Vettori desperate to beat hoodoo
New Zealand captain Daniel Vettori has challenged his team to go one step further in the ICC Champions Trophy upon sealing yet another semi-final spot.
The Black Caps made it through to a last-four meeting with Pakistan after a four-wicket win over England yesterday extended their trend.
However, despite getting to the same stage at both the World Cup and World Twenty20 in 2007 and the previous Champions Trophy in 2006, they have not taken the decisive final step.
“It is about time we made a final then,” said Vettori. “There is a lot of determination in the group when we come to these tournaments and there is an expectation of us as a one-day team.
“We have had a pretty good one-day team over the years. Now it is up to us to deliver a little bit more than that.
“We know when we get to a semi-final it could be anyone’s day and we are just hoping it is ours.”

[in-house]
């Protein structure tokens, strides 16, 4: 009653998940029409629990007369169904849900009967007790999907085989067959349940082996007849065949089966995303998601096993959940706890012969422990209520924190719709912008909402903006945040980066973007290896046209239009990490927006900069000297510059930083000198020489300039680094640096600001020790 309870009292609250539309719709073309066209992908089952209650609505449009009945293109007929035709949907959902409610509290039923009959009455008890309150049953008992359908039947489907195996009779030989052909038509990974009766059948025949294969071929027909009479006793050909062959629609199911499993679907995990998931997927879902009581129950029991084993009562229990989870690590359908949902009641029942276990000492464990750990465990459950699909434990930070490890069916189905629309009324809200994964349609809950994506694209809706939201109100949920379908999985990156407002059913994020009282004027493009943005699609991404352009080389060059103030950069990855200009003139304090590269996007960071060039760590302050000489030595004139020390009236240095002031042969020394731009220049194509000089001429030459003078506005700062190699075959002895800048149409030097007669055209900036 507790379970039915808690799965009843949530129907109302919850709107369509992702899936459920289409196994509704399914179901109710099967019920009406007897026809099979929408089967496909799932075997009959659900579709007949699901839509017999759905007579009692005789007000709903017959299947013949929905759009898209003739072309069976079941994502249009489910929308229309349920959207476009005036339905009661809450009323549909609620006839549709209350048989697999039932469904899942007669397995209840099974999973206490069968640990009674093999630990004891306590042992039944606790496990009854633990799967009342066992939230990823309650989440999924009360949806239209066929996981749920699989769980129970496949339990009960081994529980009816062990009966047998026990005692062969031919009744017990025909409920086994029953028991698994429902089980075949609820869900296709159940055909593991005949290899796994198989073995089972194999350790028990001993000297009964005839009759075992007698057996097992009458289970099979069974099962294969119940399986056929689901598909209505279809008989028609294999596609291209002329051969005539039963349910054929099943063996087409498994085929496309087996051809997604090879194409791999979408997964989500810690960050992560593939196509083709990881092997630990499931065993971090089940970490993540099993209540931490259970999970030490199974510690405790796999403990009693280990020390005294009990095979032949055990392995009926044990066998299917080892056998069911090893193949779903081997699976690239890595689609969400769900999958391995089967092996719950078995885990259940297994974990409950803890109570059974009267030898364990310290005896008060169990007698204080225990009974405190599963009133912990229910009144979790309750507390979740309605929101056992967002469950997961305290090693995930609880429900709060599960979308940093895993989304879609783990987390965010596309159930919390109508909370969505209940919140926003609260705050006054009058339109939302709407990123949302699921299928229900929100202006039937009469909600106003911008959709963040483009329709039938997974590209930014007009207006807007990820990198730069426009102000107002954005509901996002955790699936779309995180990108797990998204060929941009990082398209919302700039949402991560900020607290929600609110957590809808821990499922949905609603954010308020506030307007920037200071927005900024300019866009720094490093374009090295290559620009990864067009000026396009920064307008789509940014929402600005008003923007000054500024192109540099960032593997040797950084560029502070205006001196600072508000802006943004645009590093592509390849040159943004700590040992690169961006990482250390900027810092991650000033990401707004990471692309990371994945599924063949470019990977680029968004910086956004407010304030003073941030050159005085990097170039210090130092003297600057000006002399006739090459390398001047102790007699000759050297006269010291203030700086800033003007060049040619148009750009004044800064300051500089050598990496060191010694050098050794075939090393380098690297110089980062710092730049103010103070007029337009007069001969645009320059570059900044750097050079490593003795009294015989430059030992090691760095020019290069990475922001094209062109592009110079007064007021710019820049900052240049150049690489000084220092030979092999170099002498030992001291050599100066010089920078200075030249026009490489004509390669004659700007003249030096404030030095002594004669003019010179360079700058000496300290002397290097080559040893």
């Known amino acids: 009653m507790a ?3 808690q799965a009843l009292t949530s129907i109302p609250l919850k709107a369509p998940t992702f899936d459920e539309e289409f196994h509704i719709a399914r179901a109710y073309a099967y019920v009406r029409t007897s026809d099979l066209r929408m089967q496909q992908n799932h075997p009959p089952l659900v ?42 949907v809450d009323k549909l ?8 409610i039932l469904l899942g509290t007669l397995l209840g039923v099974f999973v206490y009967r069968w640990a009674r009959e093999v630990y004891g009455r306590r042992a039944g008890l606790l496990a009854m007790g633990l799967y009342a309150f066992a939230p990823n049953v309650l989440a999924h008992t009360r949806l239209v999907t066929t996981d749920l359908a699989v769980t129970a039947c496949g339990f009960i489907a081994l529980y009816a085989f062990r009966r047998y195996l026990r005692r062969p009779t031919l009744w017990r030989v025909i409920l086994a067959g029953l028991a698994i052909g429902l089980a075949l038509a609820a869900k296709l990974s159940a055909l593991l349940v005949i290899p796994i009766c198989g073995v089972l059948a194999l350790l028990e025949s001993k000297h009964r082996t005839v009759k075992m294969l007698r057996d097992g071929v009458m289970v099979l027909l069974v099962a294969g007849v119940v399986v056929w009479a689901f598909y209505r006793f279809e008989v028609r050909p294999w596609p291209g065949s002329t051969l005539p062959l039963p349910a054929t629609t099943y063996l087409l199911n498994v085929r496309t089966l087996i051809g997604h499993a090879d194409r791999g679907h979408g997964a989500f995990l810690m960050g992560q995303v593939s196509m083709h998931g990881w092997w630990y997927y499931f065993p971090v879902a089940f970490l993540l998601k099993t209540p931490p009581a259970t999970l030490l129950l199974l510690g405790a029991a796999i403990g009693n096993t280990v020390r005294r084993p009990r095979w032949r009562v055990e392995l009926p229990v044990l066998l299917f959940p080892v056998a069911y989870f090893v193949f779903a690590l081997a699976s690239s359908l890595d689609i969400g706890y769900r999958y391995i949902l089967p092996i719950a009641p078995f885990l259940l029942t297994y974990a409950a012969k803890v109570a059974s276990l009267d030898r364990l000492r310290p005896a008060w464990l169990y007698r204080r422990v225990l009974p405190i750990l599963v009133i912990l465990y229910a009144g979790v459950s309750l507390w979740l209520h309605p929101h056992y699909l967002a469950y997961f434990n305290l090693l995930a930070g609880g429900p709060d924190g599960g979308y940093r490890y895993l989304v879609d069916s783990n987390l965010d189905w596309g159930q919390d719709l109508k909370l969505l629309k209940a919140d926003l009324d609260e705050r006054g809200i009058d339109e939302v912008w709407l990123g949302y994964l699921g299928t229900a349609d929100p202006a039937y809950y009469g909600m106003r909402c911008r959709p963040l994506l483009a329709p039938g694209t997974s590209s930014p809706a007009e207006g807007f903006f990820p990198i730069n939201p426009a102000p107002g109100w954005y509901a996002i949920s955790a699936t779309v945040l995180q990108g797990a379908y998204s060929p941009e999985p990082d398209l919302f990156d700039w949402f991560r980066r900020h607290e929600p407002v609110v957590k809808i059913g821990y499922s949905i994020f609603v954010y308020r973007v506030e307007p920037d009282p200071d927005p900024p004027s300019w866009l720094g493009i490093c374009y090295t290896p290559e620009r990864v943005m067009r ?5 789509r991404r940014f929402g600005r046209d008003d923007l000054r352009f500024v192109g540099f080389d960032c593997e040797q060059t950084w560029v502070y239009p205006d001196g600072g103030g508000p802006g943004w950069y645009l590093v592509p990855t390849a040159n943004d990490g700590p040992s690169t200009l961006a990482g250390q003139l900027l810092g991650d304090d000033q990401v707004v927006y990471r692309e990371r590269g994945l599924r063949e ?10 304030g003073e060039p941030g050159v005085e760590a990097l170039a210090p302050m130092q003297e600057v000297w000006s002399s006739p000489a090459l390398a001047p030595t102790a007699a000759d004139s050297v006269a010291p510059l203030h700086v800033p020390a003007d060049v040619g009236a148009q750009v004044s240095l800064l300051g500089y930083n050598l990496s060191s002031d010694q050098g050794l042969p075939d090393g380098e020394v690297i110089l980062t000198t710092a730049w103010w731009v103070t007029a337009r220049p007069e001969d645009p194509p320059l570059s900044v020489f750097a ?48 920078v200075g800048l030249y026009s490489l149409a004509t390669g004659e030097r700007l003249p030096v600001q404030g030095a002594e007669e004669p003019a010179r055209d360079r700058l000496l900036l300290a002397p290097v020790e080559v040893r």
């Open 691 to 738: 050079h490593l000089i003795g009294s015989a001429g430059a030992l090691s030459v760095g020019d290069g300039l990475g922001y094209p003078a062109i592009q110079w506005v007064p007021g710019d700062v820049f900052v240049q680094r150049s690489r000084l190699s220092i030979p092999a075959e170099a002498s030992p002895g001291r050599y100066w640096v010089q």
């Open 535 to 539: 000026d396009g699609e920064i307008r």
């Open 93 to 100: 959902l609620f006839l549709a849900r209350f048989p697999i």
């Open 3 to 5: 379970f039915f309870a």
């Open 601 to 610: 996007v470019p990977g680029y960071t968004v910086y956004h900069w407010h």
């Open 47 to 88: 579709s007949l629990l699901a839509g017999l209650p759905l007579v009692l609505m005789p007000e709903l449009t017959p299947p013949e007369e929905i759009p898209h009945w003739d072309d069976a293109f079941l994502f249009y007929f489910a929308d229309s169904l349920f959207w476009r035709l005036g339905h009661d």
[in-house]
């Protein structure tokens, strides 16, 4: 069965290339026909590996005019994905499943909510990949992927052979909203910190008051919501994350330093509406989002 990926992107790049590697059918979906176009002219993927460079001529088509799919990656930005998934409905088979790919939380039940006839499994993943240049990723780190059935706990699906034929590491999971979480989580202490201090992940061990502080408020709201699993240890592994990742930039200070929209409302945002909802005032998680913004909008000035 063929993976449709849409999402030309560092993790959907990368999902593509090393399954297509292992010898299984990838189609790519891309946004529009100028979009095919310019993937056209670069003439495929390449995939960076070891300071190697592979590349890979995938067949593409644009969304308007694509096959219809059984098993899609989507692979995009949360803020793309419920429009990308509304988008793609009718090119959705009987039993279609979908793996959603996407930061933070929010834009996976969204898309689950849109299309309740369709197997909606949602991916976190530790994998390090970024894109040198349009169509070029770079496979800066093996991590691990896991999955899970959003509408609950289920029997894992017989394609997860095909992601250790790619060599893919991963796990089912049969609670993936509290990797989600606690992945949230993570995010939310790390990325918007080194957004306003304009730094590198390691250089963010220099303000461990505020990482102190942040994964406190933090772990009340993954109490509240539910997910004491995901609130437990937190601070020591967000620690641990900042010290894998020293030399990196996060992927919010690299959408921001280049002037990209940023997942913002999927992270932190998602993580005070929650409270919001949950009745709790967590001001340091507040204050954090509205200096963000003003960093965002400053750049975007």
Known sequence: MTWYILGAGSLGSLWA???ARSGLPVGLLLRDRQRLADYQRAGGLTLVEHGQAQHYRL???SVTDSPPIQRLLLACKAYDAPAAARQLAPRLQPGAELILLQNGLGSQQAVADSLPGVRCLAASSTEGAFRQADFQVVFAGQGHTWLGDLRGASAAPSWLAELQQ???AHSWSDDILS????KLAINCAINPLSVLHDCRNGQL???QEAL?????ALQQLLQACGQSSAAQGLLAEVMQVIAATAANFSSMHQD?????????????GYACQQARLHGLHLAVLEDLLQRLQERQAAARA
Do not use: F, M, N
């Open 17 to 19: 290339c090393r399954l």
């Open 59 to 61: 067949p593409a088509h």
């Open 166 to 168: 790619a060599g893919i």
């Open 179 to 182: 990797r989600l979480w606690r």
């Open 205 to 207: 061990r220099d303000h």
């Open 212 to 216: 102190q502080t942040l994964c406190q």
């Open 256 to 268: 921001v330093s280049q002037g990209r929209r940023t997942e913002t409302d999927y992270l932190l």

New Zealand’s progress is all the more remarkable given the blight of injuries they have had to deal with.
Fast bowler Daryl Tuffey (broken hand) became their third casualty of the tournament on the eve of the England contest and was today officially replaced in the 15-man squad by Iain O’Brien.
As well as eliminating Sri Lanka, New Zealand’s triumph in their must-win Group B fixture against fellow semi-finalists England secured an extra day’s rest and another match at the Wanderers, a venue which suits the Black Caps’ seamers.
“We are fortunate enough to have the later semi-final now,” said Vettori. “So that helps us.
“And, to be honest, 99% of the wickets we play on are featherbeds, so it is not a problem once in a while to have wickets which challenge the batsmen. I don’t have a problem with it at all.”
Vettori, meanwhile, was the latest captain to receive plaudits for sportsmanship in this tournament when he reprieved Paul Collingwood following a run out on Tuesday evening.
However, Vettori revealed the influence of Grant Elliott, who was famously bumped out at the Brit Oval last year, and wicketkeeper Brendon McCullum, who enacted the run-out, was crucial.
“It wasn’t the same from everyone but I think Grant and Brendon were probably the two strongest people in saying ‘not out, let’s get on with it’,” revealed Vettori.